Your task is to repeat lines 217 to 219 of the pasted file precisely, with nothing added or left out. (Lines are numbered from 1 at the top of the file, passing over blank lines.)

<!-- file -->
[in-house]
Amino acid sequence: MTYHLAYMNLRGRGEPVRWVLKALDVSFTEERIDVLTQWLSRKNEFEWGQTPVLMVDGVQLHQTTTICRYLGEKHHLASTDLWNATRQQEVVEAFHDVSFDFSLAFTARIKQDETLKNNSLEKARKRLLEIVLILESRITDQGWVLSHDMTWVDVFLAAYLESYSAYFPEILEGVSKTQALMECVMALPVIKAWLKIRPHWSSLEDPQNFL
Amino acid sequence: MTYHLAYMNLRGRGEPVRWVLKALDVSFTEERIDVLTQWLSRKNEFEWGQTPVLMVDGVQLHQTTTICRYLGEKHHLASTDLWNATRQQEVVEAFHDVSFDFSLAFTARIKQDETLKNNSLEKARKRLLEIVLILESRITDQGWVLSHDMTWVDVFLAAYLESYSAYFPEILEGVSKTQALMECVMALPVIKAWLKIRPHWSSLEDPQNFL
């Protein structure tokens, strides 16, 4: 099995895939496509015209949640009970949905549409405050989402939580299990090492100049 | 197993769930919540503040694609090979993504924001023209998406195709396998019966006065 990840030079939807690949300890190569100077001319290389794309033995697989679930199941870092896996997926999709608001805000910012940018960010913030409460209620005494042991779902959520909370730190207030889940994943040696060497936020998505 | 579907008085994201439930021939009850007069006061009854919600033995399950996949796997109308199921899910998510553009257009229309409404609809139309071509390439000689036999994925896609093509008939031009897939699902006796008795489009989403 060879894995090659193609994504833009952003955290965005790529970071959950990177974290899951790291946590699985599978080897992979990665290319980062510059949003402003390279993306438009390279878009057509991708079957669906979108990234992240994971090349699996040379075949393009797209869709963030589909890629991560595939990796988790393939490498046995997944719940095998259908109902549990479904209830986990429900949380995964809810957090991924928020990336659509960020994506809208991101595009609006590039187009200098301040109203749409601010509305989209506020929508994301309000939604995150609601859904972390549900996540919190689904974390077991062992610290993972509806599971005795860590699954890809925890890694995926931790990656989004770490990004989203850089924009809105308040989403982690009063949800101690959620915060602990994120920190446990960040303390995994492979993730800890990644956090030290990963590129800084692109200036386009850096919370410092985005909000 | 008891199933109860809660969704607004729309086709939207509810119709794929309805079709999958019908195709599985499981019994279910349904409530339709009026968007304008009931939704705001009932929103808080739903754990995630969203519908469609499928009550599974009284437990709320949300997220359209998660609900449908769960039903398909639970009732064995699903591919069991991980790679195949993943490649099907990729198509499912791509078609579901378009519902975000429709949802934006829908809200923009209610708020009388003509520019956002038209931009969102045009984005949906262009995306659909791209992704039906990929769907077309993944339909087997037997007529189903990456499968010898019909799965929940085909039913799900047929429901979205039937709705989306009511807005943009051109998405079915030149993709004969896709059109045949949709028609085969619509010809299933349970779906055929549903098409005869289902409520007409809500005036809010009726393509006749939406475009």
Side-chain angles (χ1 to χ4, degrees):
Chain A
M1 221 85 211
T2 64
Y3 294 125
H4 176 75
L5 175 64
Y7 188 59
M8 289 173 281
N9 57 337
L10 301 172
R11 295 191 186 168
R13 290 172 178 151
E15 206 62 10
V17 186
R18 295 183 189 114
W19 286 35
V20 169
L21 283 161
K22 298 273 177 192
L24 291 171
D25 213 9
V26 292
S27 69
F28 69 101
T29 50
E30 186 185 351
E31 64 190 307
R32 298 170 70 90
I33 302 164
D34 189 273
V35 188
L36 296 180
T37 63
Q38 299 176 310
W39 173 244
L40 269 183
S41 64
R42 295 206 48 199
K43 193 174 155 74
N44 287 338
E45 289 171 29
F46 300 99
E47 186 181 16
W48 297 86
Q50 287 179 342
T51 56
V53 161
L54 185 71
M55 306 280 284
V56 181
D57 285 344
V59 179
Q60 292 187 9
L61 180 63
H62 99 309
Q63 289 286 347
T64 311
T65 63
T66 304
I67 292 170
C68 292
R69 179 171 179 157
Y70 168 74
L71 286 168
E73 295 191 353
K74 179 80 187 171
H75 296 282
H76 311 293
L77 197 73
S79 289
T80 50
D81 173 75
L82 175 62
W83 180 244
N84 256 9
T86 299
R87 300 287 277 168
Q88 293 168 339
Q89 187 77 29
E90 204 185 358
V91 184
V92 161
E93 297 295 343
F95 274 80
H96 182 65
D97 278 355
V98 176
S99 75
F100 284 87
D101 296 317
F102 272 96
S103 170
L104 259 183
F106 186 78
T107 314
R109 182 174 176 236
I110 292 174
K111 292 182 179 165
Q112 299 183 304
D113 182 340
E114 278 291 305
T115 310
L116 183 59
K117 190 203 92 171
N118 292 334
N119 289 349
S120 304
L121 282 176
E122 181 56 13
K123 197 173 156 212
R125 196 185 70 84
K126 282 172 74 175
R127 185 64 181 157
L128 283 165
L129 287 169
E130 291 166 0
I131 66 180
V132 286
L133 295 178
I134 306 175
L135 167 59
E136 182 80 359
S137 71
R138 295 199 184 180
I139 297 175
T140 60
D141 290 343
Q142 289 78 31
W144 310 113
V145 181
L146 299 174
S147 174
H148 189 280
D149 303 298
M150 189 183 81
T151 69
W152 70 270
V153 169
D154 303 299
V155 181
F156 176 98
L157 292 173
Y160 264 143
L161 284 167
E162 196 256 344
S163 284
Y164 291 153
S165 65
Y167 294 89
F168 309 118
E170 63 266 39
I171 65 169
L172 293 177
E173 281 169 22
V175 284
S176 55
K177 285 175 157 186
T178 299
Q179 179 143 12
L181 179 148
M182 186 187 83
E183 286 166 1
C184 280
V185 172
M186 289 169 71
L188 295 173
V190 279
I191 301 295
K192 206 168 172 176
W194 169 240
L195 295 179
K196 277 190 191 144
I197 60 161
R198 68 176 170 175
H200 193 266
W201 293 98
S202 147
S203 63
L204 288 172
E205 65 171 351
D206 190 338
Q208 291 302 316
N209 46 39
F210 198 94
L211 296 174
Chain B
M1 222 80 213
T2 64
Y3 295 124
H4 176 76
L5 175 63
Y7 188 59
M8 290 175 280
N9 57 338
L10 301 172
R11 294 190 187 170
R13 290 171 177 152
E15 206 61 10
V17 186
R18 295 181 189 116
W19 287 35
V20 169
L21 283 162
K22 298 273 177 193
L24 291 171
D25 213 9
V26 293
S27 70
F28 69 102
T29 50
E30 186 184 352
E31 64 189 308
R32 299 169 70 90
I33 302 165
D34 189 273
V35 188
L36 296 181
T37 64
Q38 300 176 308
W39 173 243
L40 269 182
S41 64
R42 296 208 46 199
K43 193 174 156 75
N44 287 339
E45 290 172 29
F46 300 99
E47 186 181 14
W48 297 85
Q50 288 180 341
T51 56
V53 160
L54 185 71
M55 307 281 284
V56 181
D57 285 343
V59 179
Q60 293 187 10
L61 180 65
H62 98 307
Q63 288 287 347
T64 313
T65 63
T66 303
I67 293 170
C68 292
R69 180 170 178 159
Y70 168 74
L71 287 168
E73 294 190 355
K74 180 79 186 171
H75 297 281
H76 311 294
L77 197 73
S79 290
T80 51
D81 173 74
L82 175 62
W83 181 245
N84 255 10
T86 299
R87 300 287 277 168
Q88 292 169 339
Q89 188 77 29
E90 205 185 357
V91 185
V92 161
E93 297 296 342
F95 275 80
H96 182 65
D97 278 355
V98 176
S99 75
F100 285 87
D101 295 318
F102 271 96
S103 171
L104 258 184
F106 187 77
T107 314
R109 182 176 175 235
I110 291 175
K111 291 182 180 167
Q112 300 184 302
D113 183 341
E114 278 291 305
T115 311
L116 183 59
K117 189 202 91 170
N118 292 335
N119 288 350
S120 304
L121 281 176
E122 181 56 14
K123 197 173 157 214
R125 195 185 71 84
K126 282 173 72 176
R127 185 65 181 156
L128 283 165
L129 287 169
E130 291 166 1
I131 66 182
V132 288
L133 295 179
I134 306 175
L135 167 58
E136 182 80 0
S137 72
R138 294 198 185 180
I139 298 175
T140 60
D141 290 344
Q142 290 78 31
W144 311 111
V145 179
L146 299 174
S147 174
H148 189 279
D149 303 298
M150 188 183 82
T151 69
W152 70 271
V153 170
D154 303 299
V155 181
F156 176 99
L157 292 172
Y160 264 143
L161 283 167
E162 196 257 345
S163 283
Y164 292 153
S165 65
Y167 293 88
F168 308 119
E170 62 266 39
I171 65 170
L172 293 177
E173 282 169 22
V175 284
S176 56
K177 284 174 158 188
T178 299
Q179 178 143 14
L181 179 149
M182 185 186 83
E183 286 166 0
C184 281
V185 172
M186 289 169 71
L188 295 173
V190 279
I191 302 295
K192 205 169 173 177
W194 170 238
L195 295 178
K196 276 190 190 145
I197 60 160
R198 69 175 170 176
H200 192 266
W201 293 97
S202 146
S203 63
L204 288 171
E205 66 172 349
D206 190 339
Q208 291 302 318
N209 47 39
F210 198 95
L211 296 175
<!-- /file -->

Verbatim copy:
E31 64 189 308
R32 299 169 70 90
I33 302 165